Amy Schumer is so open about her IVF journey to have a second child that she's giving fans an even more intimate look at the long, excruciating process...even in the examination room.

The 38-year-old Trainwreck star and comedienne, known for her candor, revealed earlier this week that she had started taking injectable fertility drugs and posted a photo of the bruises left behind on her abdomen. She said they are freezing her eggs and "figuring out what to do to give Gene a sibling," referring to her and husband Chris Fischer's 8-month-old son, their first child.

On Saturday, she shared on Instagram a photo of herself inside her fertility clinic, lying casually in her clothes on a gynecological examination chair next to an ultrasound machine prepped for someone to carry out a transvaginal scan.

"Thank you ladies and a few gentleman. We are gonna freeze embryos hopefully," she wrote.

Schumer is set to take the drugs for a few more days. They contain hormones and are aimed at stimulating her ovaries to produce extra follicles, in the hopes of producing as many mature eggs as possible that her doctor will then extract in a single retrieval. The success of the process depends mostly on how her body will respond to the medication regimen, as well as the quality of her husband's sperm that will be used to try to fertilize them.

When women reach a certain age, usually between 31 and 35, they start to produce fewer good-quality eggs that would yield good-quality embryos, which could be why Schumer has decided to undergo this process so quickly after giving birth. In addition, the star has endometriosis, in which tissue that lines the uterus grow on other pelvic organs, such as the ovaries, and has an adverse effect on egg quality and quantity.

Schumer has not disclosed whether Gene was conceived naturally or with assisted reproduction technology.

 

Amy Schumer, IVF, Instagram

Instagram / Amy Schumer

After eggs are retrieved and fertilized and embryos are created, which will take between five and six days, Schumer and Fischer will have them frozen for a future transfer to try to create a pregnancy. Frozen, good-quality embryos are more durable and more likely to thaw than frozen eggs.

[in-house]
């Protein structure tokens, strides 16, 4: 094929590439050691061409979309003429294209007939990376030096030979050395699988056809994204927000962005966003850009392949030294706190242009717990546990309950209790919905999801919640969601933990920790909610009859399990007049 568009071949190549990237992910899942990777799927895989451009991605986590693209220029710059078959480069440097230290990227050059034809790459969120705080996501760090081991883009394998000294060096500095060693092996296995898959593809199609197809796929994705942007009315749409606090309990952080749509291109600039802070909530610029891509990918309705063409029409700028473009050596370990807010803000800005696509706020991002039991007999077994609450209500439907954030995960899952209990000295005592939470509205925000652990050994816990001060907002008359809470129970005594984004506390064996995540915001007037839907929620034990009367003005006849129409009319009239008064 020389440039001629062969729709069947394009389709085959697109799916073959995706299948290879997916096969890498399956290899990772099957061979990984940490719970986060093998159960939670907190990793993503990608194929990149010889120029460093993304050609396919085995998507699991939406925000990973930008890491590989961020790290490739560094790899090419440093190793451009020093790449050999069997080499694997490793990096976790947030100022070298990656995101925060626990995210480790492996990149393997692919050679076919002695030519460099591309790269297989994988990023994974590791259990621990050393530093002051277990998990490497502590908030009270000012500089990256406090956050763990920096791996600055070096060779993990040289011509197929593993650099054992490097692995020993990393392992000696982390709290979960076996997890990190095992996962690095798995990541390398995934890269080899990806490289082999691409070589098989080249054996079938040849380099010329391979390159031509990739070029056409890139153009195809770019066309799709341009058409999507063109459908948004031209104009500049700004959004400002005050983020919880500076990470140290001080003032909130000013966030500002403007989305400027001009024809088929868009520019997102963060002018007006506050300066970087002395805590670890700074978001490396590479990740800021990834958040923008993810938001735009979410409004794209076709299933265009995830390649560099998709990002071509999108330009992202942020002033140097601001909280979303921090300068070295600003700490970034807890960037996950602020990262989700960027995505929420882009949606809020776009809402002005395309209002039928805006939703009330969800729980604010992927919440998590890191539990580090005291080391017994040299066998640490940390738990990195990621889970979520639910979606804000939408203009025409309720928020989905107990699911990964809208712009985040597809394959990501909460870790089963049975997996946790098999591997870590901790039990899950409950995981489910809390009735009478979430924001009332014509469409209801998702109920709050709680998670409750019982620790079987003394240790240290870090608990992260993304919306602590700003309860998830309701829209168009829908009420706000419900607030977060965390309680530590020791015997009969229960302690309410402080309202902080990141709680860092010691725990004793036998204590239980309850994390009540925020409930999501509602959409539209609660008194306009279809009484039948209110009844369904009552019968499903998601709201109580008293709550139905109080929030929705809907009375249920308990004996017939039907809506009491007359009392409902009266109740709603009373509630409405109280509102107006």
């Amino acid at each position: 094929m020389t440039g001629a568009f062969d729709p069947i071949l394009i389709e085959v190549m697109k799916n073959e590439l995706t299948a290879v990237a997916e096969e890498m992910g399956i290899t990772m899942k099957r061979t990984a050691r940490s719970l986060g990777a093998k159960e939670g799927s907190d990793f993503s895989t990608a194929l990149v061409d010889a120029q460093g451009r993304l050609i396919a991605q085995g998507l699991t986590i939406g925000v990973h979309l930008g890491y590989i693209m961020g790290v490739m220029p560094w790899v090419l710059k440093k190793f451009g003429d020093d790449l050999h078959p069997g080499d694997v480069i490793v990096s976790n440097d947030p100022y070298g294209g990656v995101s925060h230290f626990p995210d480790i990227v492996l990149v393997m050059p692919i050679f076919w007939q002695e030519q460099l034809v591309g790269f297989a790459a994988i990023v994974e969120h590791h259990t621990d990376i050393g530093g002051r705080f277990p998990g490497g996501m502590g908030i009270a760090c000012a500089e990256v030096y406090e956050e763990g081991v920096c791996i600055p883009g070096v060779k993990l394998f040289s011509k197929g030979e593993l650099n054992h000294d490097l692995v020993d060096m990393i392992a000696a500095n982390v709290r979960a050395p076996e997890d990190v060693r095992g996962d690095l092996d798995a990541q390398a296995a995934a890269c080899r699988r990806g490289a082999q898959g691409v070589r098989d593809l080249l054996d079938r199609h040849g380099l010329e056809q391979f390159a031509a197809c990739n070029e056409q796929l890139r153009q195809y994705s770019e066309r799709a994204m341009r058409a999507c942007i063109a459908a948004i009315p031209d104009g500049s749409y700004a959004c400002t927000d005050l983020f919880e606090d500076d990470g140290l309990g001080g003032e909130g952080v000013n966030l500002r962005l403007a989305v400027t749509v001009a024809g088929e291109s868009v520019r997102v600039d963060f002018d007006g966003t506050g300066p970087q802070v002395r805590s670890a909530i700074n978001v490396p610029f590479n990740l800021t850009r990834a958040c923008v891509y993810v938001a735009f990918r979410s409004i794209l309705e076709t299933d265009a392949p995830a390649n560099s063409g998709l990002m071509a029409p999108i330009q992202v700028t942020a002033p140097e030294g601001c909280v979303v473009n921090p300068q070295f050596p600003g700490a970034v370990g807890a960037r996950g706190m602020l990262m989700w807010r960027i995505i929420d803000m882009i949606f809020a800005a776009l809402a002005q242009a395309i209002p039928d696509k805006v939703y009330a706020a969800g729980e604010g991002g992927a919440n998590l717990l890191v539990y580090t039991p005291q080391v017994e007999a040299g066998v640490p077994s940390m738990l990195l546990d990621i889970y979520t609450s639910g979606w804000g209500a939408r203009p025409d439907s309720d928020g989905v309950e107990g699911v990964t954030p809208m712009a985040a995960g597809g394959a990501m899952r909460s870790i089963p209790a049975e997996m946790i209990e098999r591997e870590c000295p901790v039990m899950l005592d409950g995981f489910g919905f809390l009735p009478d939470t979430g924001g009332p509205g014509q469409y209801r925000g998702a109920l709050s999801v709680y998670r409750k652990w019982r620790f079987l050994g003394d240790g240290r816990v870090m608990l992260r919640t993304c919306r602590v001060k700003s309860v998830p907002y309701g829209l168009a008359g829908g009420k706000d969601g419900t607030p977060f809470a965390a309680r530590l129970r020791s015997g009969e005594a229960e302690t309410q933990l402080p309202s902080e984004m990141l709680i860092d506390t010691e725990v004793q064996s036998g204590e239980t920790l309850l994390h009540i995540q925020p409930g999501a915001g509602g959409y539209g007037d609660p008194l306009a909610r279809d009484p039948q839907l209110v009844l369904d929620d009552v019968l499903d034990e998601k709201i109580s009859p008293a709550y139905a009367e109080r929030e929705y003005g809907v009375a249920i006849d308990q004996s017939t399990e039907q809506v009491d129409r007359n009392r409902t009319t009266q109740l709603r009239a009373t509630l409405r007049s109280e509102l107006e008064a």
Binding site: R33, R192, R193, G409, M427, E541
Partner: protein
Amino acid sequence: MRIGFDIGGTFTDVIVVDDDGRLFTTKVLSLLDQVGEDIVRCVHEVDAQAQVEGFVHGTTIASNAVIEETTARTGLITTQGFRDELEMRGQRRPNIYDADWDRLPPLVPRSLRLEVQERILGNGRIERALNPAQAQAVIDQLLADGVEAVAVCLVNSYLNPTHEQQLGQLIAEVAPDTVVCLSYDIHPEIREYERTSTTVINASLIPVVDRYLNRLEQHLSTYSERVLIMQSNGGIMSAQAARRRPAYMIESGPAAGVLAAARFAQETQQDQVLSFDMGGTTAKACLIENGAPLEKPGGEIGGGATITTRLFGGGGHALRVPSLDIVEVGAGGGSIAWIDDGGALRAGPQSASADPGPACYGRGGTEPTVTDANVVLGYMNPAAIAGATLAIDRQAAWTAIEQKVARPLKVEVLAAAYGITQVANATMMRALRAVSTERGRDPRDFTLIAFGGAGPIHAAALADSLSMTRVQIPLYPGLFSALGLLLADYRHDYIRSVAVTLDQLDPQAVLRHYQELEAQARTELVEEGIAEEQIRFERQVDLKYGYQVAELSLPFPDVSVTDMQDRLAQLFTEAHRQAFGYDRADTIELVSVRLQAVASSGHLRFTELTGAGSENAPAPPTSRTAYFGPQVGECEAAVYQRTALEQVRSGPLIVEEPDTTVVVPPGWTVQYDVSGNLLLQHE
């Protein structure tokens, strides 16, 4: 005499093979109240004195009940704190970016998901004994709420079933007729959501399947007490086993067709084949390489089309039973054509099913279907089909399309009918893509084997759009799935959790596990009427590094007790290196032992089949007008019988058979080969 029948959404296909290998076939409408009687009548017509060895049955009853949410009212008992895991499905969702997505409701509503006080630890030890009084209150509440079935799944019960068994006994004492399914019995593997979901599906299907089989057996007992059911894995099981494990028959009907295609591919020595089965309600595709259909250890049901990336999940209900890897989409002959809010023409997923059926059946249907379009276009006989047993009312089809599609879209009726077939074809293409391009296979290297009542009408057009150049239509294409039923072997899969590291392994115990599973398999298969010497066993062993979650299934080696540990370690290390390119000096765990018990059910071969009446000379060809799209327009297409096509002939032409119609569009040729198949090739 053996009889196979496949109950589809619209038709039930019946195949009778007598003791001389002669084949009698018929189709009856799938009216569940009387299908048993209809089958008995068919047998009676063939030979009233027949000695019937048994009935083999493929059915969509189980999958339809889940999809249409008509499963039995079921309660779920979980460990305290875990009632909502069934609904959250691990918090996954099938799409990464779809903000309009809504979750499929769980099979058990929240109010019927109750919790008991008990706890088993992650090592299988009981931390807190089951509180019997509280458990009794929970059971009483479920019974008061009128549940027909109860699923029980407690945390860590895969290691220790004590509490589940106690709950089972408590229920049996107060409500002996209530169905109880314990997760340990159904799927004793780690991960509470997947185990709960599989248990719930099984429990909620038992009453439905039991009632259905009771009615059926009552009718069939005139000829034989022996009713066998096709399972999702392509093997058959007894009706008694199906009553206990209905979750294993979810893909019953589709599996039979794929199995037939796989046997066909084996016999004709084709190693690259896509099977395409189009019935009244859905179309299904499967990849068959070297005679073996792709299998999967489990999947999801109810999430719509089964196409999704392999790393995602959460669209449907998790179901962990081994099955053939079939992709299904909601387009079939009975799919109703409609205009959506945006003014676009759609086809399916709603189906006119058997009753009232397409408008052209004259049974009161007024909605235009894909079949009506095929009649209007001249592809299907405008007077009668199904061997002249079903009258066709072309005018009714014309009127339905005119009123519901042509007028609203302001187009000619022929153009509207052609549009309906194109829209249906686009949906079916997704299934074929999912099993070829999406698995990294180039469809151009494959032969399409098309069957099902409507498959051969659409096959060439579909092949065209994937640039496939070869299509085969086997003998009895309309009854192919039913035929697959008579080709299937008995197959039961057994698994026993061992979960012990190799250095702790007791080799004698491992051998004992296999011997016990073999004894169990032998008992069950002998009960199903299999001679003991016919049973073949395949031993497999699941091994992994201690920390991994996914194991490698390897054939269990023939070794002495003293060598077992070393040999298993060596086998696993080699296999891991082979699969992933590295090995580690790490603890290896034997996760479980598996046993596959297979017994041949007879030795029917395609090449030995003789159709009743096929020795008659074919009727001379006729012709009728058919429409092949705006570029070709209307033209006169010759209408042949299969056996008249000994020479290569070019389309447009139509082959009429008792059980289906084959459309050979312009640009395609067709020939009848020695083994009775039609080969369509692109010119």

While the couple may have chosen to wait to actually have another baby and are undergoing this process as a safety net, some fertility doctors maintain they have higher success rates using frozen embryos. Schumer and Fischer may also opt to have their embryos tested for chromosomal and genetic diseases, and they too must be frozen afterwards.

An egg retrieval is carried out within a manner of minutes under intravenous sedation—Schumer will be unconscious for it. She may suffer pain and extreme bloating after the procedure, depending on how many eggs were retrieved.

"I learned to eat salty food after and drink Gatorade," Schumer wrote on Saturday. "Ice the area. Take Arnica and put Arnica on the bruises. To be patient and kind to myself and that there are sooooo many of us willing to be there for each other."

In her previous message, Schumer had said that she was "feeling really run down and emotional" and asked for advice from anyone who has undergone IVF.

"Your stories helped me more than you can imagine," she wrote on Saturday. "I feel incredibly lucky. I'm really hoping this works and staying positive. Much much love!"

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